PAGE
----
5 entry is compressed using a local V G code 2. 4 Storage of records on disk There are two difficulties in managing dynamic records on disk. The first is that they vary in length. The second is that each record can change in length over time. We propose a space management scheme in which records are stored in large, fixed-length blocks 3. In this scheme, records are numbered contiguously from zero. This number is used as an index into a record mapping indicating which disk block contains each record. Records are stored in fixed-length blocks of B bytes, where B is significantly greater than the average record length. (We consider records of more than B bytes later.) Each block contains a block table of addresses of records within the block, used to find the location of an record within the block once the block has been retrieved from disk. The record mapping need only store the number of the block containing each record; to retrieve a record, the whole block is fetched. With current disk performance, it only takes about twice as long to fetch a block of 64 Kb than a block of 1 Kb, and, as we show in the next section, block sizes of around 32 Kb to 64 Kb give good results with our data. Blocks will in general have some free space, because the records and block table do not occupy exactly B bytes, as illustrated in Figure 2. To minimise shifting of data within each block, the block table is stored at one end of the block and the records at the other, so that both grow towards the middle. To manage free space we require a free list, which will generally be short, of descriptions of blocks (other than the last block of the file) whose free space is in excess of some fixed tolerance, typically a few percent. This list should be held in memory; if it becomes large, indicating that the file is becoming disorganised, data should be moved amongst blocks to get better space utilisation. However, the free list itself will not occupy much space: a linked list representation will require at most 12 bytes per block, to hold the number of the block, the number of free bits in the block, and a pointer to the next node in the list. For example, on a file of 1 Gb stored in 64 Kb blocks, the free list will consume at most 200 Kb, and normally much less. The last block in the index should also be held in memory, rather than on disk, to facilitate update. The value of keeping the last block in memory is illustrated by the insertion and update algorithms shown below. The block table can account for a significant fraction of a block s space. For example, if record numbers and record lengths are represented in 32 bits each, a block of only 128 entries will have a 1 Kb table; in the simulations described below, blocks of several hundred small records were common. A simple technique for reducing the We note that typical figures for disk retrieval are not very informative. For example, for the three kinds of disk drives attached to our Sun SPARCserver 2, the overheads of retrieving 64 Kb compared to retrieving 1 Kb were 30%, 45%, and 400%. Factors involved include seek, latency, caching and prefetch strategies, and disk channel speed.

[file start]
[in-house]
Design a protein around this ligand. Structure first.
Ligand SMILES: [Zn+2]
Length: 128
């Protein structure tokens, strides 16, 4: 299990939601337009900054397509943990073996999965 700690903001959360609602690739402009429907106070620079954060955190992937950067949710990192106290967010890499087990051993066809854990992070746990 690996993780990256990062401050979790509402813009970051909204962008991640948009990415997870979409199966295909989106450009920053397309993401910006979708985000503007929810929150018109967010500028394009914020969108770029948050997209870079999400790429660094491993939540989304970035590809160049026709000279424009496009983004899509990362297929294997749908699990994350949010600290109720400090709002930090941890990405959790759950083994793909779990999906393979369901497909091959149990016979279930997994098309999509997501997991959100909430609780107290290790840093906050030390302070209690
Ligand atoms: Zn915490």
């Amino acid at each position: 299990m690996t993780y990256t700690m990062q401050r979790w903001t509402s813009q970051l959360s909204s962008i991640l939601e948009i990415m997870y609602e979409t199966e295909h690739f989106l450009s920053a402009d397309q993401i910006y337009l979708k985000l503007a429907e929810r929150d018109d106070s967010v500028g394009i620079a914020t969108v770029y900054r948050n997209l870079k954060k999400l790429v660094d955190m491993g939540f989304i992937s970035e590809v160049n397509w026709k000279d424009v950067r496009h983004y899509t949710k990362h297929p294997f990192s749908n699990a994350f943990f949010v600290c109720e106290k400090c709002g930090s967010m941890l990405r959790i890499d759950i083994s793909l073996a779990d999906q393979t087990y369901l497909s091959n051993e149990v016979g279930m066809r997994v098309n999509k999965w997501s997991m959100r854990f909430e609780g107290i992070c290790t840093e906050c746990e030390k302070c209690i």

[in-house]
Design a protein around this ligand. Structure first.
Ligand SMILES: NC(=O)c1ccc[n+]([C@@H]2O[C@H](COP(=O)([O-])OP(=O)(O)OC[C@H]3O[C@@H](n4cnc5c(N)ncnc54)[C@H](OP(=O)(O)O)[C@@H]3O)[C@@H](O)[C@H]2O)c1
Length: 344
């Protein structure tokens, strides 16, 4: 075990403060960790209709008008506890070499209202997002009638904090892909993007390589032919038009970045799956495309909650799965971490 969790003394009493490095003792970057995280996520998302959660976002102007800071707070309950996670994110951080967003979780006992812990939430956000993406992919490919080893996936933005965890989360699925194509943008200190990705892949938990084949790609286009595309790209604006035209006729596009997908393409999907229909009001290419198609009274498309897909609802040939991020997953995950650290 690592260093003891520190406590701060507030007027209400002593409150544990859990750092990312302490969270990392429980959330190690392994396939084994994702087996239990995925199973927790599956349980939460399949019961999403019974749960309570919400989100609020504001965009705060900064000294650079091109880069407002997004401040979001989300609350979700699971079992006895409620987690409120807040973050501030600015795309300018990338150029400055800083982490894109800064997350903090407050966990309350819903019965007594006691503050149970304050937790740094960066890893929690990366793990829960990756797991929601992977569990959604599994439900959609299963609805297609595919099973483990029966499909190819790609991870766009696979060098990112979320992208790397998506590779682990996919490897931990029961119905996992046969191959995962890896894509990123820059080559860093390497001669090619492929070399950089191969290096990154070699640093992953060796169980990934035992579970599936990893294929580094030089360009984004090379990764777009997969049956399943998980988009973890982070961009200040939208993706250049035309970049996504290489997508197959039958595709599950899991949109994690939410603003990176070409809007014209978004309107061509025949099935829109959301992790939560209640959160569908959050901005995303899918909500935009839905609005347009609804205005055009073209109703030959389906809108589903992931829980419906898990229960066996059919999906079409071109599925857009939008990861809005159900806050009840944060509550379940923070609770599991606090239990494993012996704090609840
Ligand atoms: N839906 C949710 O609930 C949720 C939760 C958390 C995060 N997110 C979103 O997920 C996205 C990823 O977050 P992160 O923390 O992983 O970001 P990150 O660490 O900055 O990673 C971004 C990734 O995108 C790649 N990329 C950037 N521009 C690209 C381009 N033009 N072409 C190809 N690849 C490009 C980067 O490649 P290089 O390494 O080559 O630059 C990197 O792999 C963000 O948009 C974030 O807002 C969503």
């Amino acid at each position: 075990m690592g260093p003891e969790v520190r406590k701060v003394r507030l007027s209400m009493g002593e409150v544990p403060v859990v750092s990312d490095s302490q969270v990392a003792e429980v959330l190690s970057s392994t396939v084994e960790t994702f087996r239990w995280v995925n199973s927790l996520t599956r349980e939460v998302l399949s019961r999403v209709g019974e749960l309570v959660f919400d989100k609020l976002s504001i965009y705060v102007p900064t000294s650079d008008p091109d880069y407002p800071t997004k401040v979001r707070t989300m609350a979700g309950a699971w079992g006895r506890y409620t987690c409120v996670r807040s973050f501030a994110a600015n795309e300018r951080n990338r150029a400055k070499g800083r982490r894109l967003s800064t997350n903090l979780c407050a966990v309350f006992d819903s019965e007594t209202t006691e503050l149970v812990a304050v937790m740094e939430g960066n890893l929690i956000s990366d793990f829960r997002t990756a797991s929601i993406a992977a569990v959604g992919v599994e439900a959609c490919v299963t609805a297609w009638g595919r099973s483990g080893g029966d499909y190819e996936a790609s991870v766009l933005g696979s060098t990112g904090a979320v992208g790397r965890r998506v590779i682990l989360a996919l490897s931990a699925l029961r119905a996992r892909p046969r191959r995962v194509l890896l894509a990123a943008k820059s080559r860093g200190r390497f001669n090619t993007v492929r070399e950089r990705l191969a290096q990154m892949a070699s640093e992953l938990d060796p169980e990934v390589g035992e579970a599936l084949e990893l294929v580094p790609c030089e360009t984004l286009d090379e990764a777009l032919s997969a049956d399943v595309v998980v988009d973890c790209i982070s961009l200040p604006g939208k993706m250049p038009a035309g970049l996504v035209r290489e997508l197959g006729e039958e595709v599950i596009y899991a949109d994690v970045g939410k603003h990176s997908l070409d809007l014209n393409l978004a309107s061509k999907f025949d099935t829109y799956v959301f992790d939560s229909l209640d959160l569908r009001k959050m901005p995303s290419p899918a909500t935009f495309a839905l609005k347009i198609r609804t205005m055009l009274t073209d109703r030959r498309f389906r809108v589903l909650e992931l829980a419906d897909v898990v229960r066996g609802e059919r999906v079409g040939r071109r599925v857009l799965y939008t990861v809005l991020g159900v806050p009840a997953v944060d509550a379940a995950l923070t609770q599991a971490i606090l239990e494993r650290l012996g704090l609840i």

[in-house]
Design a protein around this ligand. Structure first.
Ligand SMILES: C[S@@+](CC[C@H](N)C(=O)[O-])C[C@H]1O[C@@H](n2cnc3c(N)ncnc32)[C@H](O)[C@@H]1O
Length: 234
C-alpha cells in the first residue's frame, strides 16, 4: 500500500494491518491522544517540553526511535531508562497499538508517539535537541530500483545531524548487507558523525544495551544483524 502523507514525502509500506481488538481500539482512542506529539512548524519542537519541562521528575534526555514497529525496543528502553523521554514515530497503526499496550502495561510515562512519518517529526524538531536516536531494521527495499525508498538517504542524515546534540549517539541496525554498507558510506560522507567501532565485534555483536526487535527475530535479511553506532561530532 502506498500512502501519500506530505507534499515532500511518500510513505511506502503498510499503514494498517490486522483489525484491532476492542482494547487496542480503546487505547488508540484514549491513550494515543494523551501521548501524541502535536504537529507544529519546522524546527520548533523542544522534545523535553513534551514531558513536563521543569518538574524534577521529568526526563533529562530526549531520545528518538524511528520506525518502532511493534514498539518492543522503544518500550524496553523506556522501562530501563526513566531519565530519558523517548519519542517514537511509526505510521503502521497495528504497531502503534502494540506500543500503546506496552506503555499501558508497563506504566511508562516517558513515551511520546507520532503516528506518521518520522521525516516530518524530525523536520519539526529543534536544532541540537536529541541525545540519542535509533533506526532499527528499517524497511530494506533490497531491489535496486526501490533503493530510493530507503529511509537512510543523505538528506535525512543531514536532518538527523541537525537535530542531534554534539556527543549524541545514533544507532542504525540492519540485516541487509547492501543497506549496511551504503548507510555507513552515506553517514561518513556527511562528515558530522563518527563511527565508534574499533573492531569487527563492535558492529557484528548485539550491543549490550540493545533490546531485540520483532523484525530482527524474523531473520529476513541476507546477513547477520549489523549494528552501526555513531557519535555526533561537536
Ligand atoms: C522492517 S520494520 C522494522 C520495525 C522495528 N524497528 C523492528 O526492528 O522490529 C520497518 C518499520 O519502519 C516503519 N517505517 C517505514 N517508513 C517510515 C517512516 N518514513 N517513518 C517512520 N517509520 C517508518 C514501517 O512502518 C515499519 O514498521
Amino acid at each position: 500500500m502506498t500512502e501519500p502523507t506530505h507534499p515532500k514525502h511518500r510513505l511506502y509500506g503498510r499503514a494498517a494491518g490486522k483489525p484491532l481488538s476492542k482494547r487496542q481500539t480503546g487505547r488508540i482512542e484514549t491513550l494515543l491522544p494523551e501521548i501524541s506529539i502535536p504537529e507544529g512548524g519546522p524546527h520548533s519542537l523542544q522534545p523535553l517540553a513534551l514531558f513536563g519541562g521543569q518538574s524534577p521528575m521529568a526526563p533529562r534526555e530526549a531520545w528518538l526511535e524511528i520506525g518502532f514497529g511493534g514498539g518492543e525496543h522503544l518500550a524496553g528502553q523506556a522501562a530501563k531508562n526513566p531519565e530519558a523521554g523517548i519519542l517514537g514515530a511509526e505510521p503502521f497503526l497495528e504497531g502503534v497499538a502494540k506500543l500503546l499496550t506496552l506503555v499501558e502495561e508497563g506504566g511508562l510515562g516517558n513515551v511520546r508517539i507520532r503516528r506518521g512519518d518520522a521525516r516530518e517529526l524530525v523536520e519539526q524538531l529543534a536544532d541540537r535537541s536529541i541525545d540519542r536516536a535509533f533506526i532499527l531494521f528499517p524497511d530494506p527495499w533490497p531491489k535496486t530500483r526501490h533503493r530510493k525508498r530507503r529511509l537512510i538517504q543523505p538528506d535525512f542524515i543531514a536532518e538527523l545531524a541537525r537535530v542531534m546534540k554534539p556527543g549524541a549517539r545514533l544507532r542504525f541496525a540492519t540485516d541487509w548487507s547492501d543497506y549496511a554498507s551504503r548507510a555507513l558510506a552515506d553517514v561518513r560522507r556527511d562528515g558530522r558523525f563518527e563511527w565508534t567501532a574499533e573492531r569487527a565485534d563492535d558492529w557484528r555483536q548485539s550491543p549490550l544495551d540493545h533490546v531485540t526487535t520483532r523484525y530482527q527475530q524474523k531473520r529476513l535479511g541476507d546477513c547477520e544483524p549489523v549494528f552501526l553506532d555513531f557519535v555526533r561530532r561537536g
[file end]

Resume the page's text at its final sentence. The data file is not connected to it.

6 B byte block number of records in block record number record number record number record address address address... block table free space records record record Figure 2: Block structure size of the block table is to use fixed length representations of values, but keep the length of these representations as small as possible. For example, if the block size is 16 Kb then 17 bits is sufficient to identify any bit in the block. The maximum record number can vary, but it is straightforward to let the largest record number held in the block govern the number of bits used to store each record number; for example, if the largest record number was 881,634 then log 2 881, 634 = 20 bits should be used. This implies that the block table must occasionally be rebuilt, but in practice rebuilds will be rare and in any case require only a few instruction cycles per record. Another technique for reducing the size of the block table is to compress it. Since the records can easily be stored in order, the techniques we use for compressing inverted file entries can be applied to record numbers. However, compared to the fixed length scheme described above, the additional space saving would be relatively small. Space in the table might also be saved by byte or word alignment of records within the block. For example, byte alignment would waste an average of four bits per record, but would allow table pointers that were three bits shorter. Moreover, in many situations records will in fact be an integral number of bytes, or even words, long. The final component of our scheme is an update cache, used to keep access costs down during insertion, update, and deletion. This cache contains a series of pairs, each pair being the number of the record to be changed and the change to be made to that record. In text databases, for example, it is common for adjacent documents to contain duplicate terms, so if updates to the index are cached then disk accesses can be saved. The size of the cache is the number of pairs it can contain. In our